That said, the mere act of taking these tests brings the matter into the conscious and by taking the test multiple times over regular intervals and averaging out the results, we not only get a more accurate indication of how our subconscious influences, but also refresh our conscious awareness of these issues.
UBT interventions for employers
Our tendency to place more weight on the opinions and ideas of those in authority. Listen carefully to information and directions given, apply critical thinking, ask questions and never assume that just because a person is in a position of authority, they can’t make mistakes.
The contrast effect
When we choose to compare one thing to another, even when there are multiple other comparisons to make. When evaluating performance of one person after another in close succession, write down your thoughts and review them when you have evaluated everyone.
Status quo bias
Our preference for things to stay the same. This can become worse if we are under pressure or stressed. To avoid getting stuck in this rut it important to recognise this tendency, slow down, and write down the pros and cons of all our options before making a final decision.
There are many forms of unconscious bias training (UBT) being delivered across UK organisations and there has been some debate over the effectiveness of such training. Psychologists argue that these short courses cannot significantly impact real behavioural change, which takes long term effort and commitment.
In December 2020, the UK Government’s levelling up programme delivered a report  that assessed UBT training and concluded that there was ‘no evidence that this training changes behaviour in the long term or improves workplace equality.’ Its authors even pointed towards emerging evidence of counter-productive outcomes.
In response to the report, the government pulled UBT from the Civil Service and recommended that other public organisations follow. The Equality Data Programme  was set up to improve the collection and analysis of equality data to inform policy. Its current recommended strategy is to ‘integrate principles for inclusion and diversity into mainstream core training and leadership modules in a manner which facilitates positive behaviour change’.
The government’s decision was met with strong opposition from the trade unions. Lucille Thirlby, FDA assistant general secretary said; “Unconscious bias training in itself will not lead to better outcomes, but it helps to start a crucial conversation.” 
Integrating equity, diversity, and inclusion
Employers must lead by example and work to create a culture of fairness and inclusion supported by ongoing training, policy, and compliance.
There remains a great deal of research to be done and, while UBT interventions may not change explicit behaviours, they have been shown to improve other useful equality metrics. These include improvements in knowledge and impact of negative implicit associations, reduction in negative implicit associations and change in explicit attitudes. Some experts believe this return, while not the gold standard of behavioural change, may be the seed upon which other interventions can be built. But any natural desire to be inclusive is based in empathy which can only be influenced by much broader organisational and societal change.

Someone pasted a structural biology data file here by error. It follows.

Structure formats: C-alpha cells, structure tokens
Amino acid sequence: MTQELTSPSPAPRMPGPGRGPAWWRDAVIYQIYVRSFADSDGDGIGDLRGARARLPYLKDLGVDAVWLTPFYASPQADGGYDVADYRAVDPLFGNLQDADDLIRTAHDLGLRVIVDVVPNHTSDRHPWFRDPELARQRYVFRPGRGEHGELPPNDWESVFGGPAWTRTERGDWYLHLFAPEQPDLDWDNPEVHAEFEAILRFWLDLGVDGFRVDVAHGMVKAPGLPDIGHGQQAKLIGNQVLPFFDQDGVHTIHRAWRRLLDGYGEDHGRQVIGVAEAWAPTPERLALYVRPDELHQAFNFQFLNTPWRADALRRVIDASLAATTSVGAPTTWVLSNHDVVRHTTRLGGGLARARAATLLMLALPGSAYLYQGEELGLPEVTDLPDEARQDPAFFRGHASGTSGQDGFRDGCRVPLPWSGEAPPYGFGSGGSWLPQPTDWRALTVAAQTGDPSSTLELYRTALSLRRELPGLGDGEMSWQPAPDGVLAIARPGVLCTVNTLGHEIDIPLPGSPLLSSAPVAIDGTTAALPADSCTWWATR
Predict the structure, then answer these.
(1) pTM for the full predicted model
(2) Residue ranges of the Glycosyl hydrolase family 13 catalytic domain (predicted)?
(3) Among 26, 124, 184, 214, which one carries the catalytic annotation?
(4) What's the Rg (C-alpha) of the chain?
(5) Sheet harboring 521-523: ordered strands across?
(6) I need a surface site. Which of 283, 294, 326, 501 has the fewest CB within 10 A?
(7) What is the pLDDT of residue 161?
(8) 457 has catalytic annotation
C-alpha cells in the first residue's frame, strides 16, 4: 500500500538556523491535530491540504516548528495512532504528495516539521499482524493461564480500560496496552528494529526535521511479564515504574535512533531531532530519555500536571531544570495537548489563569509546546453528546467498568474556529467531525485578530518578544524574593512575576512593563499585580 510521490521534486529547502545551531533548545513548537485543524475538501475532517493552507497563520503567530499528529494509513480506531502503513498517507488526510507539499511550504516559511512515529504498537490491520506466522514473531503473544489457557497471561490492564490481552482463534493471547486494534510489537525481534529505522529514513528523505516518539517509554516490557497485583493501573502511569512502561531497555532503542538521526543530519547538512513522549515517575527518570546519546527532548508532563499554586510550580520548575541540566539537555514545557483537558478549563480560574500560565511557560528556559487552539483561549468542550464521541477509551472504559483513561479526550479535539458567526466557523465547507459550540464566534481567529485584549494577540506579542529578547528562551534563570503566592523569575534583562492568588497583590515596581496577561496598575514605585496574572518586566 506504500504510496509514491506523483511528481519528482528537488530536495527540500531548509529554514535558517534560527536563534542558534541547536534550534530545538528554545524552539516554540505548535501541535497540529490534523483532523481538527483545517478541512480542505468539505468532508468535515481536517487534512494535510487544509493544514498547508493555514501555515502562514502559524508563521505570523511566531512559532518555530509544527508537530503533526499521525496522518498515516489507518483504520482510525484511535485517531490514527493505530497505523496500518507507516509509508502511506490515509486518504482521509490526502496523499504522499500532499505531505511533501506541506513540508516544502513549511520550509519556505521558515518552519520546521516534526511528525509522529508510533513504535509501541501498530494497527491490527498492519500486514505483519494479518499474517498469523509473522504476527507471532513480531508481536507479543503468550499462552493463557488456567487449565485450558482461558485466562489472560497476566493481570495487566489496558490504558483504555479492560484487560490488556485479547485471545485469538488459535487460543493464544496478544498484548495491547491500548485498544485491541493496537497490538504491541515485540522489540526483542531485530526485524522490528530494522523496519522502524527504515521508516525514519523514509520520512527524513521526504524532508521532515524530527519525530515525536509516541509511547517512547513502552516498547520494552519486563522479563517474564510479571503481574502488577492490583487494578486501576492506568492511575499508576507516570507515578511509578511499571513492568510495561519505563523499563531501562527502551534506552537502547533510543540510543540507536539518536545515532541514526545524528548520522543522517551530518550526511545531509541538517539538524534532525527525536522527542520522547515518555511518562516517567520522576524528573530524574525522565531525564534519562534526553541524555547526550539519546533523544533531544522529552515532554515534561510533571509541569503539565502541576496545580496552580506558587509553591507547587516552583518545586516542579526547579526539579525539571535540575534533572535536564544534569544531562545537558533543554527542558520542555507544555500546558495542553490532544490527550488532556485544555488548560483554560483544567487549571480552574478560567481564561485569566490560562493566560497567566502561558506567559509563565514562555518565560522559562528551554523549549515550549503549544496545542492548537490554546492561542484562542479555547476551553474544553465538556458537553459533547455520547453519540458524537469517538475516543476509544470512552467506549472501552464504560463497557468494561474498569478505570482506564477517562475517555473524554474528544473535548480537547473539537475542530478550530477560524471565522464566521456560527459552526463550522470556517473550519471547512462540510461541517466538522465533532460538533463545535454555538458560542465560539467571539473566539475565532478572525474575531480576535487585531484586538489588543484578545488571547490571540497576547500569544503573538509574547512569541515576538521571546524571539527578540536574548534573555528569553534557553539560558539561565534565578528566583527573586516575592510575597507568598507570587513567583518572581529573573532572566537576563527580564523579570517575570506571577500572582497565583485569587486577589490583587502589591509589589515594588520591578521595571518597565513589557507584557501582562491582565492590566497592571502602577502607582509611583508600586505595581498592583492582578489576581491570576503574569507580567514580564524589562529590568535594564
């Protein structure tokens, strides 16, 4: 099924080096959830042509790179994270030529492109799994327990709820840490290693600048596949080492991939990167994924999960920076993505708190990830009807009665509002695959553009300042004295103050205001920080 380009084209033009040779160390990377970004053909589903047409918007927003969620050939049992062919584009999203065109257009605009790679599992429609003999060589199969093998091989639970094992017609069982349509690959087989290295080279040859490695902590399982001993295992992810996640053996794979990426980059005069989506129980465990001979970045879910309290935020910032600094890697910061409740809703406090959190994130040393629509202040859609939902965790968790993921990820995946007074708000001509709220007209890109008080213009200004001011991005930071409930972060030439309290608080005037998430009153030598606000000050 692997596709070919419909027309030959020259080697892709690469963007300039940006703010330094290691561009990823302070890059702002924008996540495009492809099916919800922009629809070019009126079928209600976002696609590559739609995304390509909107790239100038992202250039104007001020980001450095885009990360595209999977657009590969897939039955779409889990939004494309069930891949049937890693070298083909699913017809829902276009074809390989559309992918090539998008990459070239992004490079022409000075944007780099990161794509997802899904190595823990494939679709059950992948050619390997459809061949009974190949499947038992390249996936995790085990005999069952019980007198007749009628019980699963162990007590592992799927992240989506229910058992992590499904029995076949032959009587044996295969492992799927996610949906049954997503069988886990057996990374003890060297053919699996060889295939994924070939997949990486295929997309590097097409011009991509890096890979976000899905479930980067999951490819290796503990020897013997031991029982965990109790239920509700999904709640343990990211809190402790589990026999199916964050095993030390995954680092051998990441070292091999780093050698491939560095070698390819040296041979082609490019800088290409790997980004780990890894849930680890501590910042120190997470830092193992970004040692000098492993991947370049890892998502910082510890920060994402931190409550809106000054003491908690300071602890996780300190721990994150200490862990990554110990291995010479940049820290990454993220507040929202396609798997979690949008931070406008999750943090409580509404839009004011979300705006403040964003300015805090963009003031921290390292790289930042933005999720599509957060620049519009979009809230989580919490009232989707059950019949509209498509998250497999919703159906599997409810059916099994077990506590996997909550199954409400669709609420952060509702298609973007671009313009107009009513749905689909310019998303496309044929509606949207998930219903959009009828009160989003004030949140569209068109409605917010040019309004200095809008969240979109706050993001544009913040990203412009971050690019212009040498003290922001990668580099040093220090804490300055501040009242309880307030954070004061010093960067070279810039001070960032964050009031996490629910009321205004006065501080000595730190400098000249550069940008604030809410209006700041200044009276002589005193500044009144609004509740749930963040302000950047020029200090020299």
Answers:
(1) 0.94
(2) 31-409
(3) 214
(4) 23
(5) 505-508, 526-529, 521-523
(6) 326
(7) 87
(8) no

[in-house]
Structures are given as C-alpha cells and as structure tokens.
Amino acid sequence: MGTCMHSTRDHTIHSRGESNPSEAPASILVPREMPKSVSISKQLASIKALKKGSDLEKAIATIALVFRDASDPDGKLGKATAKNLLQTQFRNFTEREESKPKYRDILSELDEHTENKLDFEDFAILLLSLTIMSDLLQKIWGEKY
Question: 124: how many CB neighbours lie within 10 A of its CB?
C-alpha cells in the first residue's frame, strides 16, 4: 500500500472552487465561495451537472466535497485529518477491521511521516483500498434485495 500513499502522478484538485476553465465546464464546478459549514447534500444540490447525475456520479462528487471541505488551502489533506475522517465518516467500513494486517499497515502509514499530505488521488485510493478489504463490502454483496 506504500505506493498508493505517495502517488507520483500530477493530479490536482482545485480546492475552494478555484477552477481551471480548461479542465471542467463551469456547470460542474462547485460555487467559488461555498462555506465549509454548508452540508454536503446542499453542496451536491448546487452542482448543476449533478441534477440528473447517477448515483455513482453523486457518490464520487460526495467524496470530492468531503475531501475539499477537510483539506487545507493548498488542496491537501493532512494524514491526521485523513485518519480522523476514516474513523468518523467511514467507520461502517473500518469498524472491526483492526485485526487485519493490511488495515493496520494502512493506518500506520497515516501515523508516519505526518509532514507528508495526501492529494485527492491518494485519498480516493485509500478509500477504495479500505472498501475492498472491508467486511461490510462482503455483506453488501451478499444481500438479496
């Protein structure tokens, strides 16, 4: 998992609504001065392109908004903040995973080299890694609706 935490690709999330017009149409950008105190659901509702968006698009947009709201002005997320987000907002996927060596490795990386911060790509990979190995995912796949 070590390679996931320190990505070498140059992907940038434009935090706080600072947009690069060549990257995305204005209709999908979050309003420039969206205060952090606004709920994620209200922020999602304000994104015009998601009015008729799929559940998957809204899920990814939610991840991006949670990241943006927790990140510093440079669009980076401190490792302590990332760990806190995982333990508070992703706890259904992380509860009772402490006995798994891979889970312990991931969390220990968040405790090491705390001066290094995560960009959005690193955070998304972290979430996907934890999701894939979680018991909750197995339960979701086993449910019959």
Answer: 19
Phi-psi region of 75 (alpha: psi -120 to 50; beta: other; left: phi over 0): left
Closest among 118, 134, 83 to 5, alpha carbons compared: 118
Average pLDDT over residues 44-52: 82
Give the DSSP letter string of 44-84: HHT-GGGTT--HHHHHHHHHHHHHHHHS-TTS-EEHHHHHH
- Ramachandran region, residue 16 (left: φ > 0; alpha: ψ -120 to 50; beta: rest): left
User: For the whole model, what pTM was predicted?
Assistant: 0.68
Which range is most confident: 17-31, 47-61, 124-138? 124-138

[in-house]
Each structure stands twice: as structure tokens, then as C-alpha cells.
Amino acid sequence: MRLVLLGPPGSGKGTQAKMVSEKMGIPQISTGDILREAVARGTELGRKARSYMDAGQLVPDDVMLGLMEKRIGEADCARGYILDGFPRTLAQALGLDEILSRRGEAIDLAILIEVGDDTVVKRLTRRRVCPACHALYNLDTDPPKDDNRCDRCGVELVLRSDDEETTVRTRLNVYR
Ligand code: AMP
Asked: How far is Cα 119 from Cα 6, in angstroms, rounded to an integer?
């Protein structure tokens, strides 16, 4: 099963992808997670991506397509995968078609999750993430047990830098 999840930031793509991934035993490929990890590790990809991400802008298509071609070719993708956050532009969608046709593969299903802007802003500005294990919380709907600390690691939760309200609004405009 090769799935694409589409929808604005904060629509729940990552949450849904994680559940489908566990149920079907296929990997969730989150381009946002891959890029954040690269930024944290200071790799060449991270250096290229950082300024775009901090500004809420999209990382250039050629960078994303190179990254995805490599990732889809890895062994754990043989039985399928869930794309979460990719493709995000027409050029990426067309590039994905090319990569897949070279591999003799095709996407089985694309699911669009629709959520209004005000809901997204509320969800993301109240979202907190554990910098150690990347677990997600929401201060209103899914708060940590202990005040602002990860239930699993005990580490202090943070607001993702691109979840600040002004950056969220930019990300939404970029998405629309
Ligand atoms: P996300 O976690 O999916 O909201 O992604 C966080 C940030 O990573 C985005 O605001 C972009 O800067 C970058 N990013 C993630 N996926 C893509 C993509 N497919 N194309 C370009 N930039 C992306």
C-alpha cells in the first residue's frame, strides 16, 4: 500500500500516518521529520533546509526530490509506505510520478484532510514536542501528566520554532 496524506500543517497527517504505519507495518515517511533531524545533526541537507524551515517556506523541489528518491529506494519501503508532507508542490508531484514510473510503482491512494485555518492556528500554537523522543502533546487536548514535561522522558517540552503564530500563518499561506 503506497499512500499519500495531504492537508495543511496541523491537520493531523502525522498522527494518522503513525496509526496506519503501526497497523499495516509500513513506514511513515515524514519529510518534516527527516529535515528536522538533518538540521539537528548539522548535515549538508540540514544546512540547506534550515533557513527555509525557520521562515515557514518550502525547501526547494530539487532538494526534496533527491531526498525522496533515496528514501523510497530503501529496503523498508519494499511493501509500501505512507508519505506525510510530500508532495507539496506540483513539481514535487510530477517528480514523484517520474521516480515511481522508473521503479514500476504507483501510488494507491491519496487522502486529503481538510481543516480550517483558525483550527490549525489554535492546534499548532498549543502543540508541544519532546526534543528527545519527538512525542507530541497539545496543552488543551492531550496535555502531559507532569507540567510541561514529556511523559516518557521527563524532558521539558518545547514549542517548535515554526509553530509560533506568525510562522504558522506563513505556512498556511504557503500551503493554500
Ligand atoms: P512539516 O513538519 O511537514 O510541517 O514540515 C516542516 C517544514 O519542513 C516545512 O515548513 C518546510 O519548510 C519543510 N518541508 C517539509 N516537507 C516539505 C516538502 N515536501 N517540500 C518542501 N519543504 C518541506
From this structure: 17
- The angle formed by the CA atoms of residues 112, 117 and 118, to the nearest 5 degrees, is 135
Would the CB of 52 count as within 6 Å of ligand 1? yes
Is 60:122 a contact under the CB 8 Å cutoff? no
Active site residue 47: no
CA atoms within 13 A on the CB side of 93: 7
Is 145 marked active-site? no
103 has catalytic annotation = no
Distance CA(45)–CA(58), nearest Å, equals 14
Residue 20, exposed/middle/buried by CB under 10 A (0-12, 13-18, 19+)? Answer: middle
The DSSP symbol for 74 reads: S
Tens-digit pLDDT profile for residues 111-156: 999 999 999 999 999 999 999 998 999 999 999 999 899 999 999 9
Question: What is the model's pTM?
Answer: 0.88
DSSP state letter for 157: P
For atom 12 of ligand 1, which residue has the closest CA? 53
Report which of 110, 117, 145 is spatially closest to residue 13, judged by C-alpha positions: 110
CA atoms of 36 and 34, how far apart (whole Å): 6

A two-year study published in Nature Human Behavior  demonstrates that belief in explicit bias minimises implicit bias. Additionally, the same study found that awareness of implicit bias fades considerably over time if left uncensored.
So, if we continue to educate our employees about bias and provide a framework for regular scrutiny and accountability around balanced decision making, we might achieve parity in the workplace. Recognition of bias, and reminders to account for it ahead of each and every business decision – through both paperwork and human interaction - remain our best tools.
The importance of policy and cultural change
The nature of implicit bias is that we can remain unaware of the consequences of unintended impartiality towards others. We must therefore provide every individual the power and support to comfortably pull us up on situations or circumstances where our actions have made them feel uncomfortable, undervalued, or unfairly managed.
There is no such thing as a quick fix when it comes to equity, diversity, and inclusion. Employers must lead by example and work to create a culture of fairness and inclusion supported by ongoing training, policy, and compliance. This involves reviewing and updating every aspect of business decision making regularly, providing policy that enables staff to raise issues openly and without repercussion, encouraging staff to share personal stories, and being open to hearing another person’s truth – even if it is counter to your own beliefs or that of the core business.
If you have anything to add to the ED&I debate, please do not hesitate to send your feedback, opinions and articles to the editor: firstname.lastname@example.org
1 Jost JT. The existence of implicit bias is beyond reasonable doubt: A refutation of ideological and methodological objections and executive summary of ten studies that no manager should ignore. Research in Organizational Behavior. 2009;29:39-69. doi:10.1016/j.riob.2009.10.001
6 https://www.gov.uk/government/news/written-ministerial-statement-on-unconscious- bias-training
10 Régner, I., Thinus-Blanc, C., Netter, A. et al. Committees with implicit biases promote fewer women when they do not believe gender bias exists. Nat Hum Behav 3, 1171–1179 (2019). https://doi.org/10.1038/s41562-019-0686-3